Nick Makoha, another poet, started up an organization called Obsidian Foundation to develop writers, and what he’s been doing is also thinking about archiving writers. He started a partnership with Poetry Archive, archiving some of these writers, and then you would have access to their books, access to their publications, and access to their poems online. So that’s one space. The Complete Works was a developmental program that was started because publishers were saying that they weren’t publishing the work of Black and people of color because of the quality of the work. Bernardine Evaristo—who is also very much an activist for writers—was running Spread the Word, a development agency, with the Arts Council, initiated a nationwide report and the report found that there were all these Black writers writing and all these people of color writing, but less than 1% were being published. So, the Complete Works Program was born. At the end of the program, they published an anthology where they would have the poets that were involved, but also essays about poetics from their mentors, and that was to address that thing of “what is the poetics doing?” 

If you had to write the job description for a poet, what would it say? 

It would say “eclectic.” [Laughs.]  It would say, “Be prepared to do a variety of different jobs. Observe, write, teach, mentor, market.” [Laughs.] “Publicity, publish, edit, write blurbs for other writers.” The list goes on. Understand practicing stillness. Understand that reading is part of writing.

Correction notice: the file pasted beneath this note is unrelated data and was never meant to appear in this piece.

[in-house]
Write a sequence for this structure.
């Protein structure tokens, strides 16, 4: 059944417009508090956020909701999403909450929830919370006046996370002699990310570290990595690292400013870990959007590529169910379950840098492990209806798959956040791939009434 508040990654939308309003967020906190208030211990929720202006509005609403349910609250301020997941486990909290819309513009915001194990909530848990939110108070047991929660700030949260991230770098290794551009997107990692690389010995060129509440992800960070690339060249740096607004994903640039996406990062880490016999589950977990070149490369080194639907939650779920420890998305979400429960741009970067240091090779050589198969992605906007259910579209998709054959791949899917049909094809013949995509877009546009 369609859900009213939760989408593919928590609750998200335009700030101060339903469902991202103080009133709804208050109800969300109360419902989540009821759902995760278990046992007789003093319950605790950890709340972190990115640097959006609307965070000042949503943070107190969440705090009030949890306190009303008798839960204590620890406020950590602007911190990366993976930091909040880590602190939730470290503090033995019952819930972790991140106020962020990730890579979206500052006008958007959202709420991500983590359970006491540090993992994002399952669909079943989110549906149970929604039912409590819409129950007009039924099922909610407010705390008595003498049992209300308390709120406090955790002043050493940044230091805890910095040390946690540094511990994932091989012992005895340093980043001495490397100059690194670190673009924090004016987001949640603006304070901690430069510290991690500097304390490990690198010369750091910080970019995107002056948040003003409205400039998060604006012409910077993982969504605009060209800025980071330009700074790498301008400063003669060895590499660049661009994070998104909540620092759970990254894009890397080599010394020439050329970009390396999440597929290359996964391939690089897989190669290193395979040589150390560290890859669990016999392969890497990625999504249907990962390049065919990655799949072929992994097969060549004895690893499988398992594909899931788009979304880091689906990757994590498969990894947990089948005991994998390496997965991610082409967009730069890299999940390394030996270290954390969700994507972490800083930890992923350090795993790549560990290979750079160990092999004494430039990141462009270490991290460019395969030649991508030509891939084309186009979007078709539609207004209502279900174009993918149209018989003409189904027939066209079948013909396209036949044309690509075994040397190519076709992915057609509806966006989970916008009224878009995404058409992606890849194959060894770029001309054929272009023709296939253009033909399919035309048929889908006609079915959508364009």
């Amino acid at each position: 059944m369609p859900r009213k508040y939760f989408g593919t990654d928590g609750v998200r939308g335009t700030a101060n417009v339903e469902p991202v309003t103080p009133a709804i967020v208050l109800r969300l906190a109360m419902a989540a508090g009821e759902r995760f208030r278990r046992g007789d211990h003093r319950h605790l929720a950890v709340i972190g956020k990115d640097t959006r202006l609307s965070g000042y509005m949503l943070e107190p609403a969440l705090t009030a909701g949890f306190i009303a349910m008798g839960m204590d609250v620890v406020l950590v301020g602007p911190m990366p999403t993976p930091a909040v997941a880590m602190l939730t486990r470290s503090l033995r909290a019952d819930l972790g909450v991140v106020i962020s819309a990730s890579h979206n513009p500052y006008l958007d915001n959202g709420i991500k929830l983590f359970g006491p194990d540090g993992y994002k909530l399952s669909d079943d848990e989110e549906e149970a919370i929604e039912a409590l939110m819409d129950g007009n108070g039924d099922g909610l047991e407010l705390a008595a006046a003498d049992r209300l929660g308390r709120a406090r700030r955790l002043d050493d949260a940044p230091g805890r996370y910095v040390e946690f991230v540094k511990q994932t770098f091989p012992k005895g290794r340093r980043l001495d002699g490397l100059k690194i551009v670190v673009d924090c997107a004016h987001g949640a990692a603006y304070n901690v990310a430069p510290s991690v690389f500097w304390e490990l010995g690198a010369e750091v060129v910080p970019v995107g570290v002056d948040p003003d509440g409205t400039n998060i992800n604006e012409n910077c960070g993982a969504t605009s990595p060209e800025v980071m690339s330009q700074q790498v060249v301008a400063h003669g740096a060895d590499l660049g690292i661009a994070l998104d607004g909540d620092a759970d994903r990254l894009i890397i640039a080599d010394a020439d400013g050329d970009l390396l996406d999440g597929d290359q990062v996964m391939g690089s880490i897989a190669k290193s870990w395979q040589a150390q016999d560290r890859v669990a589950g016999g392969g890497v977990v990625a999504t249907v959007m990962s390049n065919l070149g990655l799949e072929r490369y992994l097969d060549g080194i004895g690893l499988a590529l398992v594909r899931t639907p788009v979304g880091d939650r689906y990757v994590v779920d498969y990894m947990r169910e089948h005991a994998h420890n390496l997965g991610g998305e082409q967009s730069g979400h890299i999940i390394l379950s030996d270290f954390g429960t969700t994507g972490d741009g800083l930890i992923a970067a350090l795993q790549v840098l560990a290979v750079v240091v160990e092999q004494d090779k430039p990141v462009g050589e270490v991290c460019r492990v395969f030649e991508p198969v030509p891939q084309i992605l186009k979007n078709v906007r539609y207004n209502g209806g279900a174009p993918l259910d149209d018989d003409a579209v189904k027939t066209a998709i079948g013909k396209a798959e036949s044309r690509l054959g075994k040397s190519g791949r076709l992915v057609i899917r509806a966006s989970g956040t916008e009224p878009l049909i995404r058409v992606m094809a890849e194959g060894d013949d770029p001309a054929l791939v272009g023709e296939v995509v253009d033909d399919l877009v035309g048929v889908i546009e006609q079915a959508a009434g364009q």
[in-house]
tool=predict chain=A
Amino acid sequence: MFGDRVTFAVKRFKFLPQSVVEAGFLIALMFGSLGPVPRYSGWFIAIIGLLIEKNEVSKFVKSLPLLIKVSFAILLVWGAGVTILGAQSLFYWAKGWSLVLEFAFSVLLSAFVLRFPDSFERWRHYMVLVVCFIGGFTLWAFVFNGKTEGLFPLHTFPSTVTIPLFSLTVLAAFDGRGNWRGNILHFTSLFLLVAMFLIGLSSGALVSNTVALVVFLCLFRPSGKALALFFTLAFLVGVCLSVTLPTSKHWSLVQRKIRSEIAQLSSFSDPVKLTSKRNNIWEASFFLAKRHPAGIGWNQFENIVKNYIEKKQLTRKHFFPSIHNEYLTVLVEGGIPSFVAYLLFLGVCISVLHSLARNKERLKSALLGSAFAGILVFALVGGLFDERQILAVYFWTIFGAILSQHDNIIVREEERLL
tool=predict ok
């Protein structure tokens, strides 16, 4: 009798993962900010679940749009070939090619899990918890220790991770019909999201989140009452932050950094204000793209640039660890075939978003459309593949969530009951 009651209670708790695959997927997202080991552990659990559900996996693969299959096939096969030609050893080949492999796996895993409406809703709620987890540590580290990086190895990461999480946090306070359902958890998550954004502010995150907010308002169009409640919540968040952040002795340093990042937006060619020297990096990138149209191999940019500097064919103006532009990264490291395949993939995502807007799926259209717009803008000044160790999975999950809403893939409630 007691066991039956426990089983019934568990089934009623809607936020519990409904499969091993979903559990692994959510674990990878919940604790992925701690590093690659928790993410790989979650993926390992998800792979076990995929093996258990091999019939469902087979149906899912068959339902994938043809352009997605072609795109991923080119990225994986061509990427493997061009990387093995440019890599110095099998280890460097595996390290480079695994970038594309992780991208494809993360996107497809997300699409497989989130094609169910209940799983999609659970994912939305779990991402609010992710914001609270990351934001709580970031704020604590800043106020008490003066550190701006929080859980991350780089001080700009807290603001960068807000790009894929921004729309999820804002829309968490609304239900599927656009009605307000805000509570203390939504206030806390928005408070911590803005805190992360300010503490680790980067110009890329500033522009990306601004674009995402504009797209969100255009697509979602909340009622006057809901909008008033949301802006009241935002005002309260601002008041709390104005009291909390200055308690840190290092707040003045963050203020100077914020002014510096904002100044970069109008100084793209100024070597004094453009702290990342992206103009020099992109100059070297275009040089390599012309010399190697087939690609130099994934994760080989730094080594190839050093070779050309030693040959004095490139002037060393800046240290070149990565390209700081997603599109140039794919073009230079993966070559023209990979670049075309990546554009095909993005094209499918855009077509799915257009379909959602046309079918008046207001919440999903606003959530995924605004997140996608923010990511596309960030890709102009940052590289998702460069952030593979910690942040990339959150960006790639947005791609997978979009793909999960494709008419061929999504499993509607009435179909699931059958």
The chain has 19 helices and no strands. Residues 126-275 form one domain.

I think, maybe, that’s why I’m a writer, because I get to read; I think I like the reading more than the writing. So I get paid; I have a job where I read. But I would say that, yes, understand that you’re writing poetry and there’s all this work that goes into writing poetry. And that actually the pay that you get for the work and the investment that you do is this little thing. Don’t think poetry is easy, as well; it’s not the easiest of art forms in order to be so compact. But also understand that poetry is what will put you in the world, but that there are all these other things that you will have to do in order to maintain it and sustain it. That’s not a job description, that’s kind of an advice column. [Laughs.] A poetry agony aunt advice column. 

[Laughs.] That’s awesome, we need one of those! I’m curious, too, about teaching. You teach at Manchester Metropolitan University, so maybe you want to take an opportunity to do a little plug.